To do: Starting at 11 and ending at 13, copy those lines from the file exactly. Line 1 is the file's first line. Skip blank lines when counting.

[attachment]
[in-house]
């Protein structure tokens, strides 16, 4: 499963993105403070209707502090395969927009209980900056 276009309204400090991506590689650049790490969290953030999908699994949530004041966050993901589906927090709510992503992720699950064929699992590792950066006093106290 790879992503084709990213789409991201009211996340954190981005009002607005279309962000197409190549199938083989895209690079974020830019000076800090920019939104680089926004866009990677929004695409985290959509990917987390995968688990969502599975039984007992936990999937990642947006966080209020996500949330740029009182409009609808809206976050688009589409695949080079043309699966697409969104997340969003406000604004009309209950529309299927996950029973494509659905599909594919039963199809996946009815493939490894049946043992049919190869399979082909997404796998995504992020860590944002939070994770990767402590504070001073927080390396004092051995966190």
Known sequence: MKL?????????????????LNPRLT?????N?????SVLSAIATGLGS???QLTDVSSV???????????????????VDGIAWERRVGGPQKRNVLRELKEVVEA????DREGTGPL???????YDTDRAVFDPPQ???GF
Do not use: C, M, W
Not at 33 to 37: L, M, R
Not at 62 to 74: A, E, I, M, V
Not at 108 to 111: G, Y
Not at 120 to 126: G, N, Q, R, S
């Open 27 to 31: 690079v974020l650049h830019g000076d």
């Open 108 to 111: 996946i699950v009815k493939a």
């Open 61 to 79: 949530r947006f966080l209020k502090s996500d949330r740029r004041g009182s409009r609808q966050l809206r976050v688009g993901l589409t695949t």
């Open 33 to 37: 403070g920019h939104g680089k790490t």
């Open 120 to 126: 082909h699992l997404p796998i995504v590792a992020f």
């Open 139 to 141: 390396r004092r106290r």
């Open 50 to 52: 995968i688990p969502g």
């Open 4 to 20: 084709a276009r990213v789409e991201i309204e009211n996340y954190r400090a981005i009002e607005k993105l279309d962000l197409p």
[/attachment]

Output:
């Open 61 to 79: 949530r947006f966080l209020k502090s996500d949330r740029r004041g009182s409009r609808q966050l809206r976050v688009g993901l589409t695949t």
């Open 33 to 37: 403070g920019h939104g680089k790490t």
């Open 120 to 126: 082909h699992l997404p796998i995504v590792a992020f």